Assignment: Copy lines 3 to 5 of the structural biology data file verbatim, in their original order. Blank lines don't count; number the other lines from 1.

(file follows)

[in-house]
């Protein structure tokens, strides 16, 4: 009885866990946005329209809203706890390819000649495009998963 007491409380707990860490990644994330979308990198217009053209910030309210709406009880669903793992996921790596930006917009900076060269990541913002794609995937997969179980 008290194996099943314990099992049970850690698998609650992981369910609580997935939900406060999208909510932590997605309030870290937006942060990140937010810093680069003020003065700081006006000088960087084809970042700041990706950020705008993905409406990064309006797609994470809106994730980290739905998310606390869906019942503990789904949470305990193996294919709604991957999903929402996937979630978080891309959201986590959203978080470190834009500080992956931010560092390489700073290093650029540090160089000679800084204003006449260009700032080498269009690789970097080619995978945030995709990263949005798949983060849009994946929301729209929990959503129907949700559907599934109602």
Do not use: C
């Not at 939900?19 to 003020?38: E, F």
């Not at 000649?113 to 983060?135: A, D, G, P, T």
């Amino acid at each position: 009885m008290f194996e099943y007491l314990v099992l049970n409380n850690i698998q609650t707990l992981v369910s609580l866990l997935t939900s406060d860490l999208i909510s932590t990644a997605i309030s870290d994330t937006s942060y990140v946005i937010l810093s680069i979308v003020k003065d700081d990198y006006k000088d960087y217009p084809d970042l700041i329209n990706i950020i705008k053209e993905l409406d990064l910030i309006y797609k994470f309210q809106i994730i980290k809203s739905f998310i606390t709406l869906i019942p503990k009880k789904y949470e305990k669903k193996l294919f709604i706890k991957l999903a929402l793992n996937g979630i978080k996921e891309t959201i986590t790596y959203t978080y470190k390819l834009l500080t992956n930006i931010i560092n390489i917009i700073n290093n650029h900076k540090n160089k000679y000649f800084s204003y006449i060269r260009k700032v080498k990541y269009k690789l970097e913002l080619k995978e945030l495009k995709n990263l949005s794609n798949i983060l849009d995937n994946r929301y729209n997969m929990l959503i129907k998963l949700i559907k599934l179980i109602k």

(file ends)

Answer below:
Do not use: C
């Not at 939900?19 to 003020?38: E, F």
């Not at 000649?113 to 983060?135: A, D, G, P, T």